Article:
PPR Redraft Rankings 2019: Tight Ends

Tier 1: Elite – The four best bets at tight end in 2019, if you’re into spending a high draft selection on a tight end, that is. Tight ends are arguably the most top-heavy position group in fantasy. Last year, from TE1 to TE2, there was a 14.3 point gap, then a drop of 21.6 points from TE2 to TE3, and 36.5 points from TE3 to TE4. Said that, if you have a good one, you’re golden. If you don’t have one of the top four or five tight ends, you’re better off waiting. I’ll get into this more when I introduce the next tier.

1. Travis Kelce, Kansas City Chiefs – 6’5”/260, Bye 12

Kelce has been the #1 tight end in fantasy for three years in a row, and at least a TE1 since 2014. It will be business as usual in 2019.

2. George Kittle, San Francisco 49ers – 6’4”/250, Bye 4

Last year, in just his second pro season, Kittle posted the all-time most receiving yards for a tight end in a single season with 1377. His place as the #1 target in San Francisco is secure.

3. Zach Ertz, Philadelphia Eagles – 6’5”/250, Bye 10

Ertz was a PPR machine last season with 116 receptions on 156 targets. He won’t repeat that, especially with the additions the Eagles made at receiver this offseason. Ertz will still be an elite fantasy option at TE and is one of QB Carson Wentz’s favorite targets.

4. OJ Howard, Tampa Bay Buccaneers – 6’6”/251, Bye 7

Before getting injured after 10 games last year, Howard was on pace for 54 receptions for 904 yards and 8 touchdowns on only 77 targets. I think that’s a good place to start as a floor for Howard in 2019. He has the athletic potential to be the best TE in the game.

Tier 2: TE1s – The rest of my favorite bets to finish as TE1 options. The steep drop-offs from one player to the next continued last year from the 4th-to-5th and 5th-to-6th place finishers at tight end. Starting at the 7th-place finisher, there finally began a steady decline in total point totals without any extreme drop-offs from one to the next the rest of the way down. This pattern isn’t guaranteed to happen again exactly like that in 2019, but my point is that there is a steep drop from the very top of the tight end pyramid to the rest of the tight ends who won’t be separated by nearly as many fantasy points, which means you’ll be able to get fairly similar production out of the bottom half of the top 12 and top half of the next tier of “TE2” options. The biggest difference is draft capital.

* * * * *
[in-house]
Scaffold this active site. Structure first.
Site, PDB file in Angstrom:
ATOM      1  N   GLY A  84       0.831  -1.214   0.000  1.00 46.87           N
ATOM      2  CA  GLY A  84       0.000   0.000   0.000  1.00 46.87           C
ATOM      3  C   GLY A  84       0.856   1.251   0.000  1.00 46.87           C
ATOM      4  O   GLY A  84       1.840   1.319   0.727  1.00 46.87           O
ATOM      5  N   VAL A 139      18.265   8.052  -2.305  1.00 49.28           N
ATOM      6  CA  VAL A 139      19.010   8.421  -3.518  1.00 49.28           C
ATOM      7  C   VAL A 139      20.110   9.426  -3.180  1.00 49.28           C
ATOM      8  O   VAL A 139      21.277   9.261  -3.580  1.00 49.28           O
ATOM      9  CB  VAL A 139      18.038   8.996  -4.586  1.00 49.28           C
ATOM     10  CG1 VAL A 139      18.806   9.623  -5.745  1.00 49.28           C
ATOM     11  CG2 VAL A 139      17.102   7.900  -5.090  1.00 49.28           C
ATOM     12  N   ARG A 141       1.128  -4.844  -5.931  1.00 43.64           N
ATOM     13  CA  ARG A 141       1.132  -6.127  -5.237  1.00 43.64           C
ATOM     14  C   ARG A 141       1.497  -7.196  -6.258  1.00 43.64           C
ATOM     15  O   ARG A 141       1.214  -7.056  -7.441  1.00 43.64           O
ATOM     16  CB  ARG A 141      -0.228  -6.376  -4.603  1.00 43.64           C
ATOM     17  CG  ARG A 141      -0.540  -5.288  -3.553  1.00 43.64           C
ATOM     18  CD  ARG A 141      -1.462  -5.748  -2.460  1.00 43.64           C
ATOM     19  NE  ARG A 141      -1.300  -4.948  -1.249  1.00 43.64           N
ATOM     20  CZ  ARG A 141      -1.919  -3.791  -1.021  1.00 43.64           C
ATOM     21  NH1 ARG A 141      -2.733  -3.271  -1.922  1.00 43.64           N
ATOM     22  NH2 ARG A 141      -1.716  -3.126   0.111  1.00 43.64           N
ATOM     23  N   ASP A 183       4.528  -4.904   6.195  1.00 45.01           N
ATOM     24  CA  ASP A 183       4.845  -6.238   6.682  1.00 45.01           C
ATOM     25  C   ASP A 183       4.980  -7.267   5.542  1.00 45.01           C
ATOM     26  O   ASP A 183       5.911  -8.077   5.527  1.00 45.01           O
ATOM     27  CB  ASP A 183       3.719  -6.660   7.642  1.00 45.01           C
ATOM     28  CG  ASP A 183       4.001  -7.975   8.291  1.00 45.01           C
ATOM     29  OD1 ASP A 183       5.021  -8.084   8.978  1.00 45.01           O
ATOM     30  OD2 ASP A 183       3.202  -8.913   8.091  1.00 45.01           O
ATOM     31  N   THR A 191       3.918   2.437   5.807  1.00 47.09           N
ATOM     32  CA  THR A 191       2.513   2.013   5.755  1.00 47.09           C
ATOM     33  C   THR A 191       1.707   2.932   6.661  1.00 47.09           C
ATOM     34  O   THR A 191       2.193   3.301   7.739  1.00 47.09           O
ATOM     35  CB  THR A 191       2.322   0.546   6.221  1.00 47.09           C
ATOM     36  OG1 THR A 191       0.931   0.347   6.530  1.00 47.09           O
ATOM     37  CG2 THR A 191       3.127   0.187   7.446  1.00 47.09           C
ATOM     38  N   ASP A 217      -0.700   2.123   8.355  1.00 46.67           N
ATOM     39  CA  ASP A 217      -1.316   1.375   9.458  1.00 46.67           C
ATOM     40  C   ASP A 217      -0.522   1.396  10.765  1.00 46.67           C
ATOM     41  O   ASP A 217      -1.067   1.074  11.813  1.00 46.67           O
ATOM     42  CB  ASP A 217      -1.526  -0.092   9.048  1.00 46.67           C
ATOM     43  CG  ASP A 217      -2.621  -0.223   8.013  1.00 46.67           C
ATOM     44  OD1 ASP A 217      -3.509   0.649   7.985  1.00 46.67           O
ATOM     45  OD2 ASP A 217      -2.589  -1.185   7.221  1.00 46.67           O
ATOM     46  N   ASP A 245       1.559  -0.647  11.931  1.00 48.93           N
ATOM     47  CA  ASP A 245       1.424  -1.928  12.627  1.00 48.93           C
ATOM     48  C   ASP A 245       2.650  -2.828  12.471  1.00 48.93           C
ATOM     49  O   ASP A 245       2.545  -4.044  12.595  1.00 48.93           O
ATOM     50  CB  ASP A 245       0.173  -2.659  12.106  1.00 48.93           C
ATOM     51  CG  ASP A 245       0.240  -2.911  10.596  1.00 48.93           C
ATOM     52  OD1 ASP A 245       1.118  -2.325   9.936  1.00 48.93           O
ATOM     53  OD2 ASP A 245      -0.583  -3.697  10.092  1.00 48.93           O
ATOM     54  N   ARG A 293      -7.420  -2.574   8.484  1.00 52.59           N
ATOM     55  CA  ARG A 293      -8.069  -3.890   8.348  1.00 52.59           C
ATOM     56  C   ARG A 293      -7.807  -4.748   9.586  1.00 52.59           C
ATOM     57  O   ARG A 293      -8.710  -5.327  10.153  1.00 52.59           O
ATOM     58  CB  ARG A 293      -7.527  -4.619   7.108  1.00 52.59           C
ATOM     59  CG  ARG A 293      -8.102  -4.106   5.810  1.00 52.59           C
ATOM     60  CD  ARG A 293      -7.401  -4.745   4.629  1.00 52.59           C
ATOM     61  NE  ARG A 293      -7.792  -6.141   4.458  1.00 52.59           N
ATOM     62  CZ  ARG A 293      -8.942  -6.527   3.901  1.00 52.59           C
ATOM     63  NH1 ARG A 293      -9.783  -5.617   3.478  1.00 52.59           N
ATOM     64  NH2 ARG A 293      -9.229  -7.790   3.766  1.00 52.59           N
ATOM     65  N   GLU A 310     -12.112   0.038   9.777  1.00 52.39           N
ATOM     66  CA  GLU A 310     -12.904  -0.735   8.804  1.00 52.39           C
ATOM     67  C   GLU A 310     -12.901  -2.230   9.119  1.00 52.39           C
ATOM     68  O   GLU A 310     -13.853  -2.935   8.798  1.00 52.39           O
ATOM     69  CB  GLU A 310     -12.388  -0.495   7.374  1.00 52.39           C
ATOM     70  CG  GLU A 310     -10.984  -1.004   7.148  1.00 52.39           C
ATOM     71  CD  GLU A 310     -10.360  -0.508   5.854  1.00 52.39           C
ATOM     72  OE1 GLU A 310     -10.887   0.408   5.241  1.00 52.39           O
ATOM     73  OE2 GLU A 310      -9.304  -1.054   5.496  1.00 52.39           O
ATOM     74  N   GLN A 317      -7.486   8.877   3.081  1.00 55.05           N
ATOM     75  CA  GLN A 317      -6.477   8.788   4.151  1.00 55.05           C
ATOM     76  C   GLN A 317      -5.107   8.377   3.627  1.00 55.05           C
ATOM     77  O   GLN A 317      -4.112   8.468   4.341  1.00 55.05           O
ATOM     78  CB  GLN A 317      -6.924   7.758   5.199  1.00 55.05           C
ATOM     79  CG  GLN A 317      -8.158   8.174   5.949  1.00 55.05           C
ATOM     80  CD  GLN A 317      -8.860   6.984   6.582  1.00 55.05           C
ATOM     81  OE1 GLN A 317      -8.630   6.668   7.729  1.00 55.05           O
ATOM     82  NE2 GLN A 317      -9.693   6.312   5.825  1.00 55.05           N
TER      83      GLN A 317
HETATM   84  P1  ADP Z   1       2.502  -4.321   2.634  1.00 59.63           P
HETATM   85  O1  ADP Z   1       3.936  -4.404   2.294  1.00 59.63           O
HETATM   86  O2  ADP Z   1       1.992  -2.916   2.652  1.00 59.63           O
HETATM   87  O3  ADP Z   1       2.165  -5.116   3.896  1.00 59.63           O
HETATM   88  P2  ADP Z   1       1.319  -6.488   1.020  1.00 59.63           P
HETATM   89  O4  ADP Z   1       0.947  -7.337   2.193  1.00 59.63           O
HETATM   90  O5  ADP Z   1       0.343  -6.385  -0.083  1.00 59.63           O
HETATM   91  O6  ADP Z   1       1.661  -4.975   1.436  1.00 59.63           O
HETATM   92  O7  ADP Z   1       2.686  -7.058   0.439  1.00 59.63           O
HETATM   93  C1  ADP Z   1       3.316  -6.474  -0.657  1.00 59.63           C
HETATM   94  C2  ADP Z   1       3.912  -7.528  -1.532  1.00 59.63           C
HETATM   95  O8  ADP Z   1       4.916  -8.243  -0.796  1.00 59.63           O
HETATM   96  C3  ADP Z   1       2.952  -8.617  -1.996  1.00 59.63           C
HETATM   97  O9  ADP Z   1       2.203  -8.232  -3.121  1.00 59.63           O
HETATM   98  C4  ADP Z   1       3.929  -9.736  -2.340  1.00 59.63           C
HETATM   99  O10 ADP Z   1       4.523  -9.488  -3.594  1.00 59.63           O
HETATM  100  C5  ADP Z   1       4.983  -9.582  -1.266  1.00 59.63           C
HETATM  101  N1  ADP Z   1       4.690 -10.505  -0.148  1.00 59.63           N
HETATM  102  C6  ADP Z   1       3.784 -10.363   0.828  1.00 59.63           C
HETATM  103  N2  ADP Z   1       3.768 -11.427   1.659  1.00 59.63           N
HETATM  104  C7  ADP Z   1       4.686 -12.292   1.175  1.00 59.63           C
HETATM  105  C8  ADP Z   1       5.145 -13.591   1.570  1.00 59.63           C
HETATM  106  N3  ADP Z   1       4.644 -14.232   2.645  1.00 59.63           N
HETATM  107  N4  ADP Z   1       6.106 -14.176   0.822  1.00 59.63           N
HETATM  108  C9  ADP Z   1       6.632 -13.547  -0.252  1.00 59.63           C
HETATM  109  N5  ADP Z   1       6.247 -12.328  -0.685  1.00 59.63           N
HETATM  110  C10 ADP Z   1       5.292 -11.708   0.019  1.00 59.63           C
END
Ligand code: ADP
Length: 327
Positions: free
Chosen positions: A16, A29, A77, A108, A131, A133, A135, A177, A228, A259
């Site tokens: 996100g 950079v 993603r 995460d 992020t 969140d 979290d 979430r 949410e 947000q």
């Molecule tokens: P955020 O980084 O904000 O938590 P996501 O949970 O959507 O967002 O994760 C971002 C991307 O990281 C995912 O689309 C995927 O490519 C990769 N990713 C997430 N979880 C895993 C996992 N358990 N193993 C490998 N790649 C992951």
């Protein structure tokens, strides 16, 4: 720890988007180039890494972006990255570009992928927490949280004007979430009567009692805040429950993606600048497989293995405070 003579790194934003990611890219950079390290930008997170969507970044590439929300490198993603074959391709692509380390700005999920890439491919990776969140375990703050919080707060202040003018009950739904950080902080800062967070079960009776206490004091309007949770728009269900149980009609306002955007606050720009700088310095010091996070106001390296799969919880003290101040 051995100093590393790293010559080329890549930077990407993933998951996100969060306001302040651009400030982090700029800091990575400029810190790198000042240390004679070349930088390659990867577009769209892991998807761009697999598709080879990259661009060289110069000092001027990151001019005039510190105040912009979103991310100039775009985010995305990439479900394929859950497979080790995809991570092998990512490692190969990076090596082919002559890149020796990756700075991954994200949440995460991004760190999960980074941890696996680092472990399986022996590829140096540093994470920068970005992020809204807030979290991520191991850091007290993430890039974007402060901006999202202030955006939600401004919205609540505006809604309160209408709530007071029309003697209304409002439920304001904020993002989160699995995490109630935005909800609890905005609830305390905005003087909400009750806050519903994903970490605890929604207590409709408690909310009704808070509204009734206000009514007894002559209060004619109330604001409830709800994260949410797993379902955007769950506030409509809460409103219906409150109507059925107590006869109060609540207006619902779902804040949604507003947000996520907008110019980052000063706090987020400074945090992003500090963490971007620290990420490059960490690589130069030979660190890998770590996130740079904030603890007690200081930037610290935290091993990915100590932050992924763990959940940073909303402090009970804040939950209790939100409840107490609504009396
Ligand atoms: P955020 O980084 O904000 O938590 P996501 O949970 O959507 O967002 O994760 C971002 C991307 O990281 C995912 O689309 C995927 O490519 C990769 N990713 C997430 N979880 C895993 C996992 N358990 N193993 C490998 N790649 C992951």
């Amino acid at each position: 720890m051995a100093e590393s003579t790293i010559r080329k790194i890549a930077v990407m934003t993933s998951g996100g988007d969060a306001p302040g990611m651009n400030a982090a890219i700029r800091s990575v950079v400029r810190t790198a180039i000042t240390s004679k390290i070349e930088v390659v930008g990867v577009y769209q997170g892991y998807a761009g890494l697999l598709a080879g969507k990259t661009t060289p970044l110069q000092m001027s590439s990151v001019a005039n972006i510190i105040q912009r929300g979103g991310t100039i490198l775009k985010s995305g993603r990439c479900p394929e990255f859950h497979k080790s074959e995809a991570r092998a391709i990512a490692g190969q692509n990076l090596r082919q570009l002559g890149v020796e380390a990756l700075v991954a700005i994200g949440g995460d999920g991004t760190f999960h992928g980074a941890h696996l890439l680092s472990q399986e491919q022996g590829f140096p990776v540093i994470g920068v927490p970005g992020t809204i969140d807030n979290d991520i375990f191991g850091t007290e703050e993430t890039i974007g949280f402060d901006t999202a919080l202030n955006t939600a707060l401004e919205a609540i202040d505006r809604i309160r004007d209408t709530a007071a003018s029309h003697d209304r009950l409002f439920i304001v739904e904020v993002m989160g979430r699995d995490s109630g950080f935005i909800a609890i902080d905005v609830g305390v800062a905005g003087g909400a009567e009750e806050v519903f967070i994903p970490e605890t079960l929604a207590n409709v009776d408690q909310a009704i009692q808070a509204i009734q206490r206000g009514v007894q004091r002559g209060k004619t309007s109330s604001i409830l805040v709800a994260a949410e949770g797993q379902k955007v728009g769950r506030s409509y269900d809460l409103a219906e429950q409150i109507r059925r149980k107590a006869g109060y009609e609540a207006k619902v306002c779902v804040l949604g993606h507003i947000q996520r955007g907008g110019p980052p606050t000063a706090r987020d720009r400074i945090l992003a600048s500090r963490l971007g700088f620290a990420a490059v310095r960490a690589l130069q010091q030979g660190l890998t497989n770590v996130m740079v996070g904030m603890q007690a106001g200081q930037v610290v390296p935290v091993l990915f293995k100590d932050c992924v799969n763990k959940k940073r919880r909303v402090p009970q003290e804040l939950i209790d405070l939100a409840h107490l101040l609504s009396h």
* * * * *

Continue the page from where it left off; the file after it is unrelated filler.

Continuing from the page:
5. Evan Engram, New York Giants – 6’3”/240, Bye 11

Engram’s the best receiving option on his team and is lined up to have a massive statistical season as the go-to target for the Giants. He was stunted last year by an injury but still finished 13th at the position despite only playing in 11 games.

6. Hunter Henry, Los Angeles Chargers – 6’5”/250, Bye 12

After two promising seasons to begin his career, Henry missed all 16 games in 2018 with a torn ACL. He’s back and healthy, ready for a breakout season.

7. David Njoku, Cleveland Browns – 6’4”/246, Bye 7

Njoku finished as TE9 last year in only his second pro season. Cleveland has a lot of mouths to feed on offense this year, but it really isn’t as crowded as it is being made out to be. There will be plenty of targets to go around and Njoku should make strides in year three.

8. Jared Cook, New Orleans Saints – 6’5”/254, Bye 9

Coming off a career year at the age of 31, and finishing TE5, Cook is in a new city again where he will be receiving passes from Drew Brees. I don’t foresee a repeat of last year, but he should remain a solid fantasy option on a team that needs a legit running mate for Michael Thomas.

9. Austin Hooper, Atlanta Falcons – 6’4”/254, Bye 9

Hooper is a steady, consistent presence at tight end. He finished as TE6 last season, averaging 10.2 points per game, and should have a similar performance in 2019. Boring, but safe.

10. Mark Andrews, Baltimore Ravens – 6’5”/256, Bye 8

I have talked about Andrews on the Ride or Dynasty Podcast throughout the offseason. He showed nice chemistry with QB Lamar Jackson as a rookie last year and I’m predicting a year-two breakout with at least a top-10 finish as the go-to target in Baltimore.

11. Vance McDonald, Pittsburgh Steelers – 6’4”/267, Bye 7

McDonald was a TE1 last year, and should have similar upside this year. However, recent comments by his offensive coordinator suggest he may not see an increased role, so his fantasy upside may not have the breakout potential many are predicting.

12. Trey Burton, Chicago Bears – 6’2”/238, Bye 6

It appears Burton will be ready for week one after recovering from a sports hernia injury. He finished TE8 last year and should see a similar role in Chicago’s offense this season, but I’ve knocked him down a few spots as a precaution.